“We therefore recommend that any injunction dealing with the relationship of employer and employee be wholly and absolutely treated as usurpation and disregarded, let the consequences be what they may. Kings could be and were disobeyed, and sometimes deposed. In cases of this kind judges must be disobeyed, and should be impeached.”

Militant miners’ leader Alexander Howat.

There is only one thing wrong with this declaration of the A. F. of L. That is, it has not been put into practice. Gompers has advised violation of injunctions, but he has never gone to jail himself. His Grand Dukes have discreetly followed his example.

The proof that defiance and violation is the effective weapon against court orders, as advised by the A. F. of L., was given by Alex Howat, in his glorious and successful fight against the Kansas Industrial Court. Basely deserted by the A. F. of L. officials, who had advised his course of action, Howat led his fellow miners again and again on strike in disregard of injunctions and courts. He went to jail for 18 months, but the ‘Industrial Court’ was smashed, never to be heard from again. The same thing can be done with injunctions generally by the same methods.

The Trade Union Educational League calls upon the militants to lead an aggressive fight, according to the principles laid down by the A. F. of L., to smash the use of injunctions against Labor by totally disregarding them. Open defiance and violation of such usurping orders on a mass scale will shortly make injunctions as dead as the Kansas Industrial Court.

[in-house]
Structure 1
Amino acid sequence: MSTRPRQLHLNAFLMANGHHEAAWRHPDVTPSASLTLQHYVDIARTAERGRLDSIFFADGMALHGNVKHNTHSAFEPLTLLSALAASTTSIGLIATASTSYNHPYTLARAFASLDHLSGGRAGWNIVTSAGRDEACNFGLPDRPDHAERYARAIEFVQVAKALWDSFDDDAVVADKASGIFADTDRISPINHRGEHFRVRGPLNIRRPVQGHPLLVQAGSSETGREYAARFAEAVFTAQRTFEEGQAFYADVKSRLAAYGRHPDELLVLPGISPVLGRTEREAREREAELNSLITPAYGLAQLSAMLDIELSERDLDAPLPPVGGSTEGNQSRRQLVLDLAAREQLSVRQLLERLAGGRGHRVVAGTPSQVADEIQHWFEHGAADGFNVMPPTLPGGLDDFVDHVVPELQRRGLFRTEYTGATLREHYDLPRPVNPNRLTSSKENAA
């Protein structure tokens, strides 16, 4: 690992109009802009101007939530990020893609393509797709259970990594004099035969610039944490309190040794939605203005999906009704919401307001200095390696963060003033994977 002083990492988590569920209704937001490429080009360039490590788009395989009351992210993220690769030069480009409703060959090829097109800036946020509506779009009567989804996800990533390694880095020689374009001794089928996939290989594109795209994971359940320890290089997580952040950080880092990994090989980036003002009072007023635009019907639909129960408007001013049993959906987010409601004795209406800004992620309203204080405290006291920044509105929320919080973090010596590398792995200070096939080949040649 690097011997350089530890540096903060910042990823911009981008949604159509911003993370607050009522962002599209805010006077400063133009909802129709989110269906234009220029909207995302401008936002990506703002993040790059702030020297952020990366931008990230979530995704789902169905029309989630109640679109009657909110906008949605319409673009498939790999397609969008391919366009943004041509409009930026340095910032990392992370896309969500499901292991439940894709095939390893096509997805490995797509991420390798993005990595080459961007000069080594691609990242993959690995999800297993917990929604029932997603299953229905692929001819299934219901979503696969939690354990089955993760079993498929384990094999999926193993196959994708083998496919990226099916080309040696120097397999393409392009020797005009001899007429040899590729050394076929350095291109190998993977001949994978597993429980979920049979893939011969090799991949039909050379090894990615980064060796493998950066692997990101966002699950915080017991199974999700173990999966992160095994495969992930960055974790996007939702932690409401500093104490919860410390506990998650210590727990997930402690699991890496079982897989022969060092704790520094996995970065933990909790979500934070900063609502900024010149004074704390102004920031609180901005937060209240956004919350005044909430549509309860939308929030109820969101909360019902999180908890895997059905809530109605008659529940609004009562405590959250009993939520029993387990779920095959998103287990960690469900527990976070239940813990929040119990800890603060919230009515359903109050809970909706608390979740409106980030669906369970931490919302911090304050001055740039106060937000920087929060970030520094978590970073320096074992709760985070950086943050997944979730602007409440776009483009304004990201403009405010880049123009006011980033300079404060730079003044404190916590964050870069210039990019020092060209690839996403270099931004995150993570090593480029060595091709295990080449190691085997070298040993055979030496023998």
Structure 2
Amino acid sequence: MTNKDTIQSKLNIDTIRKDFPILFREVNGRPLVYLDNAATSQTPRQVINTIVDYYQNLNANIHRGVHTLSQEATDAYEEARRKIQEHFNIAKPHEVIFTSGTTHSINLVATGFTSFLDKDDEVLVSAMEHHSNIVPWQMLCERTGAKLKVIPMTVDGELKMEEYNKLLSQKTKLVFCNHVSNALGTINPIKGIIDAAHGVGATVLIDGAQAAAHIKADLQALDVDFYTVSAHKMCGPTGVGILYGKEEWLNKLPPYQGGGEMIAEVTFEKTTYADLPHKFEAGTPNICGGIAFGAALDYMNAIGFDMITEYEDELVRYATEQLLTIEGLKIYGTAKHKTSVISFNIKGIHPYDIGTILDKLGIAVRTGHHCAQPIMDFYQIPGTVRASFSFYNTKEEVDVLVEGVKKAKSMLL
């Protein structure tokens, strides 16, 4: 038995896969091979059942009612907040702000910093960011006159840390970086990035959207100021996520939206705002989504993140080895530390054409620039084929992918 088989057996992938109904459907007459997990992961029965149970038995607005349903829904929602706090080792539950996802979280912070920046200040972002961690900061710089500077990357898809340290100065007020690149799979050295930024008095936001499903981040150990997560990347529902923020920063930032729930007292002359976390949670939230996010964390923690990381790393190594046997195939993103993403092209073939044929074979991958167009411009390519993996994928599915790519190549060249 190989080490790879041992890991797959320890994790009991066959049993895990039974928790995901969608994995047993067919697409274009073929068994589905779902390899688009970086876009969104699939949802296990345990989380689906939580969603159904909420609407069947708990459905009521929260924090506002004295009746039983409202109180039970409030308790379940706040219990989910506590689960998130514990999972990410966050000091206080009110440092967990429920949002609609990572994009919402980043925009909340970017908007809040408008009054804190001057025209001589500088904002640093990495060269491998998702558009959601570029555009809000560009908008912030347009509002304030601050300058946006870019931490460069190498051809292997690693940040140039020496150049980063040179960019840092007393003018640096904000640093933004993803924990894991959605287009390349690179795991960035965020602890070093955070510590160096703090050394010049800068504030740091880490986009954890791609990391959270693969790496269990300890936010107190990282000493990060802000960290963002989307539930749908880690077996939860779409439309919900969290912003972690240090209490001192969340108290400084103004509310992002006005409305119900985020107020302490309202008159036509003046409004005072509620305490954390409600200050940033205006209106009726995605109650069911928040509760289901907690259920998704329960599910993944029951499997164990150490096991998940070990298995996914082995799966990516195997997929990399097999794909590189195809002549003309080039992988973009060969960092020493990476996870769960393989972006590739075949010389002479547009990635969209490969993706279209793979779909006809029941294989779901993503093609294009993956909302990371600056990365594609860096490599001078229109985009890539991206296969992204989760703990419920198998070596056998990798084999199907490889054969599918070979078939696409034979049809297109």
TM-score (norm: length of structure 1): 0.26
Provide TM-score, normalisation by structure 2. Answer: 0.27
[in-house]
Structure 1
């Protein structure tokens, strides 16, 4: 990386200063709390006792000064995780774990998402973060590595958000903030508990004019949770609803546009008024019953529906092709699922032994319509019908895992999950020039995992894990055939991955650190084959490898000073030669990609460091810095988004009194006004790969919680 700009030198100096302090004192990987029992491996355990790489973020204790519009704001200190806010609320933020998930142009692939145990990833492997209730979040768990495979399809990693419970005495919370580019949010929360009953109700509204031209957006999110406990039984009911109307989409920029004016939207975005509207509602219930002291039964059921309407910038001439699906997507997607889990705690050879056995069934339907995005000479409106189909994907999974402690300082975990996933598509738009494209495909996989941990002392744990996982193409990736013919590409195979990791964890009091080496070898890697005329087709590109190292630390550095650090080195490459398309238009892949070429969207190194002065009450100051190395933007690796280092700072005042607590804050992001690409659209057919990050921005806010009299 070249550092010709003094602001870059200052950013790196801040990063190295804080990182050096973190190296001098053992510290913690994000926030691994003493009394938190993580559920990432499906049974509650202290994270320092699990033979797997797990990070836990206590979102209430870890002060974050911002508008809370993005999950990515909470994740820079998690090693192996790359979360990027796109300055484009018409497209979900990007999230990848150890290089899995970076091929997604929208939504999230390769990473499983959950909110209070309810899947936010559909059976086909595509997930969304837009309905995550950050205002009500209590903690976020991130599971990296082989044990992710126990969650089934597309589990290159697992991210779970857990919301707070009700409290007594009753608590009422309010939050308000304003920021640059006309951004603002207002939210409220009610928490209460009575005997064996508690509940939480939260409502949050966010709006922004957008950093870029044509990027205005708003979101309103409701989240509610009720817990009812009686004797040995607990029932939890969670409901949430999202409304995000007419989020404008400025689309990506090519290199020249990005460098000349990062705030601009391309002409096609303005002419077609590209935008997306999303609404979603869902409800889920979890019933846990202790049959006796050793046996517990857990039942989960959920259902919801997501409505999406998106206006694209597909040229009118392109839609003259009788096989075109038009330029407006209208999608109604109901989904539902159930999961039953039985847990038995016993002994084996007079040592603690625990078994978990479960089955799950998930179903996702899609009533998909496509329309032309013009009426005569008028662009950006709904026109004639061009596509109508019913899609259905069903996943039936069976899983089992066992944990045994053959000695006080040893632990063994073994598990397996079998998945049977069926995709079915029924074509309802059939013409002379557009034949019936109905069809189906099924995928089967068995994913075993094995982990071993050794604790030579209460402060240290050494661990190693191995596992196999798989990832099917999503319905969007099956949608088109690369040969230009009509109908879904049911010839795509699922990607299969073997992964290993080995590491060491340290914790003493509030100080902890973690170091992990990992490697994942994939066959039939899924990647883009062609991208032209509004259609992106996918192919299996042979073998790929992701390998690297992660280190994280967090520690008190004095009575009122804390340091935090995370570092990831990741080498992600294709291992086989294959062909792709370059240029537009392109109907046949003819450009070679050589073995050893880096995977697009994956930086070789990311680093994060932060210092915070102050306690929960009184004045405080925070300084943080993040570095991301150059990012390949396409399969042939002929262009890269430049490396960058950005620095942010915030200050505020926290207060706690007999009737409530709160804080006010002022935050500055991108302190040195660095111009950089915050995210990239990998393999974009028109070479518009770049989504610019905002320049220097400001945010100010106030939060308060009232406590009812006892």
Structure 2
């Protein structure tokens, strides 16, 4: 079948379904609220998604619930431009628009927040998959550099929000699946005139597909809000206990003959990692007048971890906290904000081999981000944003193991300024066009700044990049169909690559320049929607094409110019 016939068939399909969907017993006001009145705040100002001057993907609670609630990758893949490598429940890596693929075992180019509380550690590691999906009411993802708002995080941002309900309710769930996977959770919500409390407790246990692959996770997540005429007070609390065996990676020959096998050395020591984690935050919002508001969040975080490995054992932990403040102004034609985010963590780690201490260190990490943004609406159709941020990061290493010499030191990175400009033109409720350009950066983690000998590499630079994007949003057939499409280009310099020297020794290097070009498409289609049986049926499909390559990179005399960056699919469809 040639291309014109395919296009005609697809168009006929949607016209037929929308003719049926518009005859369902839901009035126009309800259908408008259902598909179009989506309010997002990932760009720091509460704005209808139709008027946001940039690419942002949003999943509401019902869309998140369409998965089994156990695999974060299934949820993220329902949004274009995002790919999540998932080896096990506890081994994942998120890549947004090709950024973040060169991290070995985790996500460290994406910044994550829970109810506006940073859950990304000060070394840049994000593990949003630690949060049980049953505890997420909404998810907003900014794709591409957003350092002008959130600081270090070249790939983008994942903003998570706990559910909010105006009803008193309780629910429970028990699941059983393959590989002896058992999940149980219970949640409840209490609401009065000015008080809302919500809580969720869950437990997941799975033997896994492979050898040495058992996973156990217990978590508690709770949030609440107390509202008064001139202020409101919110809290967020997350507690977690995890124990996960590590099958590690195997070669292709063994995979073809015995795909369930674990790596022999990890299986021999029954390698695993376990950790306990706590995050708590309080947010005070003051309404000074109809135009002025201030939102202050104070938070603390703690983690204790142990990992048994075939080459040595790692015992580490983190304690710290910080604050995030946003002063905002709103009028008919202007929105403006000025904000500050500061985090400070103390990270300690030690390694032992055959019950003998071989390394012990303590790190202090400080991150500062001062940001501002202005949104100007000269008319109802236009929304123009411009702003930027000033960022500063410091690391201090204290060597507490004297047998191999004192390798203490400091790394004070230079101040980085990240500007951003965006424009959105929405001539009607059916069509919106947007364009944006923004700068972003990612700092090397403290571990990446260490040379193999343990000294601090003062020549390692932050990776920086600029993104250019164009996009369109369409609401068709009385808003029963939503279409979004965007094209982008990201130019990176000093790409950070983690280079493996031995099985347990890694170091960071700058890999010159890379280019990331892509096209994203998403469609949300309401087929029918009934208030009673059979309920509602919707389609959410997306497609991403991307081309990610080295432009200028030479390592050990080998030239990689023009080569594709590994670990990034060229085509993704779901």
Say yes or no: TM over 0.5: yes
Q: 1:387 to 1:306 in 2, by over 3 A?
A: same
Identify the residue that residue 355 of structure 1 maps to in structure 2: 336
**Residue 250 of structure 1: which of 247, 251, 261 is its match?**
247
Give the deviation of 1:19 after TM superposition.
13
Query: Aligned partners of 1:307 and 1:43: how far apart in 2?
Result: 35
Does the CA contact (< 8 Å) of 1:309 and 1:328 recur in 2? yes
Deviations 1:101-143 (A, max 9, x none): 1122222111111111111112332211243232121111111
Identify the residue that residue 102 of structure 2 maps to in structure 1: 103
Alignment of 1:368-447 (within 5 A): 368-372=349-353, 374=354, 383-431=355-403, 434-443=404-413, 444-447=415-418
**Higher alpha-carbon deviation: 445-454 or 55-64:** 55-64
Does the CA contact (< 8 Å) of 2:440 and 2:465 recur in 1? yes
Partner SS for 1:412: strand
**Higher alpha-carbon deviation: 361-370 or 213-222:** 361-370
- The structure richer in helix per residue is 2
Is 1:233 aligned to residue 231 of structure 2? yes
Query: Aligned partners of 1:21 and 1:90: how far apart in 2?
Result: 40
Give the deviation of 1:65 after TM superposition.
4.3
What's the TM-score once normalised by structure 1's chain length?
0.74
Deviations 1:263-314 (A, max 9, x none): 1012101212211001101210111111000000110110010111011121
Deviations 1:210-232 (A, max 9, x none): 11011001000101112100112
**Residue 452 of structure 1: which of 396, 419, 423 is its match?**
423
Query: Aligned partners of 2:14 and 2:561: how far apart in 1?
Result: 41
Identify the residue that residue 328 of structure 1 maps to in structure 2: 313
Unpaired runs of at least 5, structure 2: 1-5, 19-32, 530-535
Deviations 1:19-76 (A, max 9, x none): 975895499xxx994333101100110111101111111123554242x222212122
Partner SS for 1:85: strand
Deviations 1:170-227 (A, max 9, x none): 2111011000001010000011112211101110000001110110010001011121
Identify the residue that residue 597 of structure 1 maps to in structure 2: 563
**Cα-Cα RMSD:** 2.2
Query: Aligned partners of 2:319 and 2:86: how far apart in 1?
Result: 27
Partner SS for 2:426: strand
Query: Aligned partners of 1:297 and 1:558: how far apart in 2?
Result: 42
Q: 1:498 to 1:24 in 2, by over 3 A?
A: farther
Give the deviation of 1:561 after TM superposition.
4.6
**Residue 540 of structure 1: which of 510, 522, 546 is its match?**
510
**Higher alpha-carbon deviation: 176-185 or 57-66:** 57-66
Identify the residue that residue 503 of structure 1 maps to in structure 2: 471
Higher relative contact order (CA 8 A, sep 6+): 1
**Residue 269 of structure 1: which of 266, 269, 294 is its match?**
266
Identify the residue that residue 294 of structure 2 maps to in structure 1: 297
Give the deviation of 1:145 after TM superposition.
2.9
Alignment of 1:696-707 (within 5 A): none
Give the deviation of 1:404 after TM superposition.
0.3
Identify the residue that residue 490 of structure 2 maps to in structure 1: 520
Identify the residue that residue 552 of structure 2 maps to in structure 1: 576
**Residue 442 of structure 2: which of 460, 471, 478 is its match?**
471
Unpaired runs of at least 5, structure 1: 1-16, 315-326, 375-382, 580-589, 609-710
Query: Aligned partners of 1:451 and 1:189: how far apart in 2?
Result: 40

National Committee, T. U. E. L.

The Labor Herald was the monthly publication of the Trade Union Educational League (TUEL), in immensely important link between the IWW of the 1910s and the CIO of the 1930s. It was begun by veteran labor organizer and Communist leader William Z. Foster in 1920 as an attempt to unite militants within various unions while continuing the industrial unionism tradition of the IWW, though it was opposed to “dual unionism” and favored the formation of a Labor Party. Although it would become financially supported by the Communist International and Communist Party of America, it remained autonomous, was a network and not a membership organization, and included many radicals outside the Communist Party. In 1924 Labor Herald was folded into Workers Monthly, an explicitly Party organ and in 1927 ‘Labor Unity’ became the organ of a now CP dominated TUEL. In 1929 and the turn towards Red Unions in the Third Period, TUEL was wound up and replaced by the Trade Union Unity League, a section of the Red International of Labor Unions (Profitern) and continued to publish Labor Unity until 1935. Labor Herald remains an important labor-orientated journal by revolutionaries in US left history and would be referenced by activists, along with TUEL, along after it’s heyday.

Link to PDF of full issue: https://www.marxists.org/history/usa/pubs/laborherald/v3n03-may-1924.pdf